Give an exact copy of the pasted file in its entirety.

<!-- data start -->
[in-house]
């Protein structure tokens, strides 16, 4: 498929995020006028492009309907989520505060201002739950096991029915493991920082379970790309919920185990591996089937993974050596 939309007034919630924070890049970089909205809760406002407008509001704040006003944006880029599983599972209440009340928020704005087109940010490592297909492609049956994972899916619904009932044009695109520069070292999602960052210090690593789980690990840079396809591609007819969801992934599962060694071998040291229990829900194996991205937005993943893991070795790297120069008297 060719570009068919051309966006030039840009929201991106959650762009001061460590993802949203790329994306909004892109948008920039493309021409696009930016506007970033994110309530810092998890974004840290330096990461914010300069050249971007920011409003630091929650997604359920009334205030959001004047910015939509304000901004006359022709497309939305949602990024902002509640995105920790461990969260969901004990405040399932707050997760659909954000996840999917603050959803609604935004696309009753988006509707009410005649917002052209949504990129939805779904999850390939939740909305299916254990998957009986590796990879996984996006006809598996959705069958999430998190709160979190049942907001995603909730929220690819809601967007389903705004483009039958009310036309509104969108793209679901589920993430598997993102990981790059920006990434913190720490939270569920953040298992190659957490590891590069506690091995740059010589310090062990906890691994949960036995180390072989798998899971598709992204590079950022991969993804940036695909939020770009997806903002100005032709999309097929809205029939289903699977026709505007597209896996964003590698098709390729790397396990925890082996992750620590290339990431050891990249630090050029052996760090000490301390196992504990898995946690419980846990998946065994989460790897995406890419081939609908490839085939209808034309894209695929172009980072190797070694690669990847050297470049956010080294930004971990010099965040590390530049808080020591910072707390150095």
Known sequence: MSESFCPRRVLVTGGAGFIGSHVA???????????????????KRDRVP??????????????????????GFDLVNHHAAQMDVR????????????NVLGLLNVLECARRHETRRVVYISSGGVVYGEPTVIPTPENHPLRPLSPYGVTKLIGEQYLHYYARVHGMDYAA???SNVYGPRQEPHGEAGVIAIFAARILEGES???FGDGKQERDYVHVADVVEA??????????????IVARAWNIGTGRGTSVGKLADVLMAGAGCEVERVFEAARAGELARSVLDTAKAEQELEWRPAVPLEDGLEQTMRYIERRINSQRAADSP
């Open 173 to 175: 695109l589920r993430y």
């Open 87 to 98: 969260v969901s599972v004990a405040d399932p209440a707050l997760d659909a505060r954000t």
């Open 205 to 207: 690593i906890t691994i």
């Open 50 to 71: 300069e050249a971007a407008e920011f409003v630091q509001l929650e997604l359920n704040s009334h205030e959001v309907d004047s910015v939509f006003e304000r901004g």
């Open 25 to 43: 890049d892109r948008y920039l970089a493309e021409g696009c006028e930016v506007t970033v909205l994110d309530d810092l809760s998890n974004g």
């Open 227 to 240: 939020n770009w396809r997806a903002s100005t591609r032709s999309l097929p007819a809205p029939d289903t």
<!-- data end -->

[in-house]
């Protein structure tokens, strides 16, 4: 498929995020006028492009309907989520505060201002739950096991029915493991920082379970790309919920185990591996089937993974050596 939309007034919630924070890049970089909205809760406002407008509001704040006003944006880029599983599972209440009340928020704005087109940010490592297909492609049956994972899916619904009932044009695109520069070292999602960052210090690593789980690990840079396809591609007819969801992934599962060694071998040291229990829900194996991205937005993943893991070795790297120069008297 060719570009068919051309966006030039840009929201991106959650762009001061460590993802949203790329994306909004892109948008920039493309021409696009930016506007970033994110309530810092998890974004840290330096990461914010300069050249971007920011409003630091929650997604359920009334205030959001004047910015939509304000901004006359022709497309939305949602990024902002509640995105920790461990969260969901004990405040399932707050997760659909954000996840999917603050959803609604935004696309009753988006509707009410005649917002052209949504990129939805779904999850390939939740909305299916254990998957009986590796990879996984996006006809598996959705069958999430998190709160979190049942907001995603909730929220690819809601967007389903705004483009039958009310036309509104969108793209679901589920993430598997993102990981790059920006990434913190720490939270569920953040298992190659957490590891590069506690091995740059010589310090062990906890691994949960036995180390072989798998899971598709992204590079950022991969993804940036695909939020770009997806903002100005032709999309097929809205029939289903699977026709505007597209896996964003590698098709390729790397396990925890082996992750620590290339990431050891990249630090050029052996760090000490301390196992504990898995946690419980846990998946065994989460790897995406890419081939609908490839085939209808034309894209695929172009980072190797070694690669990847050297470049956010080294930004971990010099965040590390530049808080020591910072707390150095």
Known sequence: MSESFCPRRVLVTGGAGFIGSHVA???????????????????KRDRVP??????????????????????GFDLVNHHAAQMDVR????????????NVLGLLNVLECARRHETRRVVYISSGGVVYGEPTVIPTPENHPLRPLSPYGVTKLIGEQYLHYYARVHGMDYAA???SNVYGPRQEPHGEAGVIAIFAARILEGES???FGDGKQERDYVHVADVVEA??????????????IVARAWNIGTGRGTSVGKLADVLMAGAGCEVERVFEAARAGELARSVLDTAKAEQELEWRPAVPLEDGLEQTMRYIERRINSQRAADSP
């Open 173 to 175: 695109l589920r993430y």
């Open 87 to 98: 969260v969901s599972v004990a405040d399932p209440a707050l997760d659909a505060r954000t």
């Open 205 to 207: 690593i906890t691994i």
């Open 50 to 71: 300069e050249a971007a407008e920011f409003v630091q509001l929650e997604l359920n704040s009334h205030e959001v309907d004047s910015v939509f006003e304000r901004g």
């Open 25 to 43: 890049d892109r948008y920039l970089a493309e021409g696009c006028e930016v506007t970033v909205l994110d309530d810092l809760s998890n974004g």
């Open 227 to 240: 939020n770009w396809r997806a903002s100005t591609r032709s999309l097929p007819a809205p029939d289903t």